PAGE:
The Rape of Lucrece
One of Shakespeare's lesser known works, The Rape of Lucrece was quite popular during Shakespeare's lifetime. The narrative poem focuses on Lucrece, wife of Collatine, who is raped by the Roman prince Tarquin. The first quarter of the poem details Tarquin's struggle, and ultimate failure, to contain his lust. After the assault, the poem focuses on Lucrece and the personal and political aftermath of her rape, which includes Lucrece's suicide as well as the founding of the Roman Republic. Modern critics often concentrate on the poem's language and rhetoric, the characters of Tarquin and Lucrece, the poem's treatment of gender issues, and the Renaissance understanding of rape as well as Shakespeare's treatment of it.
Analyses of the characters of Tarquin and Lucrece are almost inextricably woven into any study of the poem as a whole. In Ted Hughes's study of The Rape of Lucrece (see Further Reading), Lucrece's chastity is identified as the poem's primary subject. Hughes argues that Shakespeare's concern with Lucrece's chastity is reflective of a larger metaphysical concern with the sacredness of the soul. Carolyn D. Williams (1993) examines Lucrece's rape, as well as the rape of Lavinia from Shakespeare's Titus Andronicus, and finds that Shakespeare's treatment of rape reflects the confusion of his time, when there existed a deep conflict between the shame and guilt associated with the act of rape. In conclusion, Williams observes that Lucrece may be best understood as Shakespeare's portrayal of the archetypal rape victim. Edward T. Washington (1994) contends that Tarquin, understood to be the poem's villain, serves to emphasize a complex pattern of meaning at work in The Rape of Lucrece. Washington maintains that Lucrece is not just a rape victim, but is a personification of an outdated mode of literary expression, that of the Petrarchan ideal of beauty and virtue. Tarquin may then be understood, Washington stresses, not just as the villain, but as one who commits a transgressive but necessary purging of literary hegemony.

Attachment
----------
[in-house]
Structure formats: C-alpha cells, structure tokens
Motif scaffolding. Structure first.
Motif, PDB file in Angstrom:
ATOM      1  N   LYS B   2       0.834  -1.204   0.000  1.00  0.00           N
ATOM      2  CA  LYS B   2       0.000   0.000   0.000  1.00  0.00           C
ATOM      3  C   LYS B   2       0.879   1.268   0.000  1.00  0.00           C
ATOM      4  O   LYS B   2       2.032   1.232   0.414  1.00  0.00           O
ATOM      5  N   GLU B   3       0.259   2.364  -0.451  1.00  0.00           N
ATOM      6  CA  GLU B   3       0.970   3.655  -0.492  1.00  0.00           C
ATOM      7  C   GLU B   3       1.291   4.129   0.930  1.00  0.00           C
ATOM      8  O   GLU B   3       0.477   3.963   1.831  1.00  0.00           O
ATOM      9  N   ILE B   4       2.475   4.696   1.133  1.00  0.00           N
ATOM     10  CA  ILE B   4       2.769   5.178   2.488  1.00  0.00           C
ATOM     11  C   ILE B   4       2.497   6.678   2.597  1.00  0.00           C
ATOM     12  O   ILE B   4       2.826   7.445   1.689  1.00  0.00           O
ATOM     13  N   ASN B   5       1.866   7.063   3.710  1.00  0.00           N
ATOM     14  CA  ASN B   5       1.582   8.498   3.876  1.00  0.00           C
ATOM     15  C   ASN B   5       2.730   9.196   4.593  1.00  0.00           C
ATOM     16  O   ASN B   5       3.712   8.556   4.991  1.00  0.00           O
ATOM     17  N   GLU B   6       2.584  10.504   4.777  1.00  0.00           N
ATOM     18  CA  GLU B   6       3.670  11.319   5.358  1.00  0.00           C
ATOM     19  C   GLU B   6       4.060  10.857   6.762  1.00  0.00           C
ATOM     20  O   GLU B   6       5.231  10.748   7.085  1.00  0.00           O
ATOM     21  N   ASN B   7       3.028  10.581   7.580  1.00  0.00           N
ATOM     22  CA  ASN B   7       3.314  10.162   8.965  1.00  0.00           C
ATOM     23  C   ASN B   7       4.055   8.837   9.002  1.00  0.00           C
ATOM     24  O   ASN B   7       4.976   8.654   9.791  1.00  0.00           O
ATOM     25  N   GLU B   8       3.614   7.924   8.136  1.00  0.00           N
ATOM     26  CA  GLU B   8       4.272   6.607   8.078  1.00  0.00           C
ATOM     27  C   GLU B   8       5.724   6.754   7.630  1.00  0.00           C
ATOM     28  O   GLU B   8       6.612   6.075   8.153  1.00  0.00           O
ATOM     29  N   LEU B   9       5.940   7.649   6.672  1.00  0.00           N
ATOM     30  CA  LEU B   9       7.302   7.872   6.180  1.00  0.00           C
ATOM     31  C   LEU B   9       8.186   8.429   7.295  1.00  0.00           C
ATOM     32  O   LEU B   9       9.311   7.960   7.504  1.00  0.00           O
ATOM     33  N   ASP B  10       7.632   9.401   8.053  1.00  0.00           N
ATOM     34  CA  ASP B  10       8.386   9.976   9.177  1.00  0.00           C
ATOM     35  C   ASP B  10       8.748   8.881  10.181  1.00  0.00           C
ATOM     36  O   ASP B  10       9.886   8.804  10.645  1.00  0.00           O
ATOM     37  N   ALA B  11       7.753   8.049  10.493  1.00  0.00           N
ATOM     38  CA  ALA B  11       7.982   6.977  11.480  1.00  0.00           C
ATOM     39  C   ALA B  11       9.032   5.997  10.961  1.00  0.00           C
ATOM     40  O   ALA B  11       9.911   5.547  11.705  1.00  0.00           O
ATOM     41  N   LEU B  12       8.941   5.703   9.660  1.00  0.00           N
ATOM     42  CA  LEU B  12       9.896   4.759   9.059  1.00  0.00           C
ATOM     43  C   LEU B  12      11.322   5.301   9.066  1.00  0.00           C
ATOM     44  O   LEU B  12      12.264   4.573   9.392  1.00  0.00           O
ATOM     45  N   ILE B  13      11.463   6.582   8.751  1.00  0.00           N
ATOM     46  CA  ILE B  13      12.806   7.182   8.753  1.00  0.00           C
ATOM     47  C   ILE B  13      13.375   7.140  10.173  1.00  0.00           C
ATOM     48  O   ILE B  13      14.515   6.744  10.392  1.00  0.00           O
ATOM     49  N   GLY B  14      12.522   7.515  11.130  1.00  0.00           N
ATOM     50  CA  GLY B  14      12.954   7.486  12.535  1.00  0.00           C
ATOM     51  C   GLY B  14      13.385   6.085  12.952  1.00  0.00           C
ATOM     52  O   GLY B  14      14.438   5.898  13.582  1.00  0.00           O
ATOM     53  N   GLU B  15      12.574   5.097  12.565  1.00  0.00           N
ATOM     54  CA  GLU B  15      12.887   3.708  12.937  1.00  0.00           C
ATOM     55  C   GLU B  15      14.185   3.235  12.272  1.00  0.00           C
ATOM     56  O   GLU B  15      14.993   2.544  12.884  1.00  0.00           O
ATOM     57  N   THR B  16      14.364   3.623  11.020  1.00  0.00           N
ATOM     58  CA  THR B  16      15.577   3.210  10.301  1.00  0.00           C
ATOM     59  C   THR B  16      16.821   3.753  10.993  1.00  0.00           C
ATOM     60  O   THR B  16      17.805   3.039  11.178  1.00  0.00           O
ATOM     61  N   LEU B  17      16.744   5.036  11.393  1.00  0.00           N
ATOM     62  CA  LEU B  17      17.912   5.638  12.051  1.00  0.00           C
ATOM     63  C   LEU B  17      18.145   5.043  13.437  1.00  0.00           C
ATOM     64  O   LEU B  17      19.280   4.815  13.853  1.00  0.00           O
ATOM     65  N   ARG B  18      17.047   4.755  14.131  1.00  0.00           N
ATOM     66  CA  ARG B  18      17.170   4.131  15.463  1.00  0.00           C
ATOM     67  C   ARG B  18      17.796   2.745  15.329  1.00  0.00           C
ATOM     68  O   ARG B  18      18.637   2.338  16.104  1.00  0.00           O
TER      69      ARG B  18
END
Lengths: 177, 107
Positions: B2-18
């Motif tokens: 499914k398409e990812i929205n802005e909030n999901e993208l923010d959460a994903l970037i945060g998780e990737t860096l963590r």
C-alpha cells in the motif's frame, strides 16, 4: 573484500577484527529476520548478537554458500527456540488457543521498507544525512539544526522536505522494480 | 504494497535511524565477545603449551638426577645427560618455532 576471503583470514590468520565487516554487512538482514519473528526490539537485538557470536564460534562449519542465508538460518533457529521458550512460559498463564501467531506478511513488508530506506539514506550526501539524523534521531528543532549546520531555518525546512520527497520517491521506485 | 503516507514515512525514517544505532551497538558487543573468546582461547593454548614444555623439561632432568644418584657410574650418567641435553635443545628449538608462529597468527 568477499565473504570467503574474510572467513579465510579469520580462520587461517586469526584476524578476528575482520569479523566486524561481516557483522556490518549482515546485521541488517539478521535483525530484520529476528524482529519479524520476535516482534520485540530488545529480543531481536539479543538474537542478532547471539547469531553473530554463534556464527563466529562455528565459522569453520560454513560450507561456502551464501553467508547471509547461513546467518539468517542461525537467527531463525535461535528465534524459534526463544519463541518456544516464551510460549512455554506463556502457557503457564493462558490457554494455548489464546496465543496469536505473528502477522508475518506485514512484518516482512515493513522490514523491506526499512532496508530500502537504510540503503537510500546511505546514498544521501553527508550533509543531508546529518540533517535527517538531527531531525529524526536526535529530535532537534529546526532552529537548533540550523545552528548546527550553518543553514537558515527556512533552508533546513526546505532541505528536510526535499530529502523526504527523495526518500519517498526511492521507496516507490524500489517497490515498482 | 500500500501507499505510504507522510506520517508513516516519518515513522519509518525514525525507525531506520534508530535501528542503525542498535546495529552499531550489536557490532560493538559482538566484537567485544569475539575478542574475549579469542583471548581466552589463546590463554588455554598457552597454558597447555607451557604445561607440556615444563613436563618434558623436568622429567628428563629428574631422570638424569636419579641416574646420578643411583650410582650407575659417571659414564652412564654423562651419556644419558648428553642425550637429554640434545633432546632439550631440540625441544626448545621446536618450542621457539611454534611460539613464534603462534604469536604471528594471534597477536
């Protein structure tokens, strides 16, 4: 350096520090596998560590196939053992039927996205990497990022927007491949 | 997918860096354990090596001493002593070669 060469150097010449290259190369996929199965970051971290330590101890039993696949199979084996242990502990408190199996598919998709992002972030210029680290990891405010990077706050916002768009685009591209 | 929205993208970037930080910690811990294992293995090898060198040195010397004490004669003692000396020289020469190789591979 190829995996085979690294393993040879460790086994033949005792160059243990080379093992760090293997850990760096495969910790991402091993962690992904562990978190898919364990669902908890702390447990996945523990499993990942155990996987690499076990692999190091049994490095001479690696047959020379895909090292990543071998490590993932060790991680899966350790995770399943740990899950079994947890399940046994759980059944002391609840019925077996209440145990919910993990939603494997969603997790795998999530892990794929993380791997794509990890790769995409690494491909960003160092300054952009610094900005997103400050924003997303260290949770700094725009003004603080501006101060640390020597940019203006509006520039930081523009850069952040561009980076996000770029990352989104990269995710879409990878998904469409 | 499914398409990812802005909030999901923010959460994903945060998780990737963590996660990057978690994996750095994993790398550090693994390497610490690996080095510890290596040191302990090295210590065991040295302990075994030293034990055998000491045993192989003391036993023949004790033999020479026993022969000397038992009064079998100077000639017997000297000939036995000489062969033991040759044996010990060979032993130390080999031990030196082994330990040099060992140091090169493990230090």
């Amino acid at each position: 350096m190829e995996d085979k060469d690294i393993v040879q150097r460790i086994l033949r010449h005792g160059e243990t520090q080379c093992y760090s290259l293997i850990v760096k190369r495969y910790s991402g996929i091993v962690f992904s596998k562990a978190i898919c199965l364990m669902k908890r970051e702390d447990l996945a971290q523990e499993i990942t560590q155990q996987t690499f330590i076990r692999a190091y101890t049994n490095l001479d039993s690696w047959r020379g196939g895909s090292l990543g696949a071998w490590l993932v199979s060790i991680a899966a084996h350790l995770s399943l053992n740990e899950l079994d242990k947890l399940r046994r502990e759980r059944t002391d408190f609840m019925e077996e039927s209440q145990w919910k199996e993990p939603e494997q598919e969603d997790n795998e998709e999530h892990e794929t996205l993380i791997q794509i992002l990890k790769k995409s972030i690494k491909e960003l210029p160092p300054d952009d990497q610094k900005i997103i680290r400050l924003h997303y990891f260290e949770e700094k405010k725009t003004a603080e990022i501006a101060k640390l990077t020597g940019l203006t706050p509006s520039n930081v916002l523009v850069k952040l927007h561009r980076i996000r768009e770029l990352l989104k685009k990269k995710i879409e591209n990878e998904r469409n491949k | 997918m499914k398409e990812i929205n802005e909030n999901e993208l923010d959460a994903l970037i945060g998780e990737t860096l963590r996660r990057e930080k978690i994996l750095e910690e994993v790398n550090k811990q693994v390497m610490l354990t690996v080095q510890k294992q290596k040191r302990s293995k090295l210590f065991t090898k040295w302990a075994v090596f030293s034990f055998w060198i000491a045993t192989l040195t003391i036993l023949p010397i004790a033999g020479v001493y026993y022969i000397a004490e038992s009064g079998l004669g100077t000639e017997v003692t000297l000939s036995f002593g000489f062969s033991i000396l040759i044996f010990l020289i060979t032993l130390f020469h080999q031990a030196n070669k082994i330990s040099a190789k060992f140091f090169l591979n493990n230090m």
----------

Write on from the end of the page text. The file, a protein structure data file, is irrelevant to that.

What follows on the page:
After Lucrece's rape, her reflections and emotions are expressed in a lengthy soliloquy often criticized as overabundant and extravagant. Mercedes Maroto Camino (1995) studies this section of the poem in order to better understand the negative reactions to it, and to challenge those who have argued that Lucrece's language here erases her claims of innocence. Camino analyzes Lucrece's attitude within the context of Renaissance discursive practices, and demonstrates that throughout this section of the poem Lucrece abolishes the power of Tarquin's lines—Lucrece effectively silences him with words in the same way that Tarquin silenced her physically. Like Camino, Robert L. Montgomery, Jr. (1967) explores the abundant use of formal, patterned rhetoric that Shakespeare employed in The Rape of Lucrece. Montgomery maintains that through this extravagant rhetoric Shakespeare shifted the reader's perspective, established mood, explored the psychology of his characters, moralized, and suggested a philosophical framework for the poem. Mark Breitenberg (1996) examines the ways in which honor, publication, and desire serve as the bases for Shakespeare's depiction and criticism of masculinity in The Rape of Lucrece, and emphasizes that this exploration is undertaken within the context of early modern rhetoric concerning the nature of masculinity. The role of desire within the poem plays an important part in Catherine Belsey's 2001 study of The Rape of Lucrece. Belsey explores the prevalent Renaissance concept of women as the possessions of their fathers or husbands and the endorsement of this notion by the poem. Belsey observes, however, that while the text endorses this notion of possession, it also identifies the instability of this conception of human relationships. For Collatine and Tarquin, Belsey demonstrates, possession fails to gratify desire, as they never truly own what they take into their possession.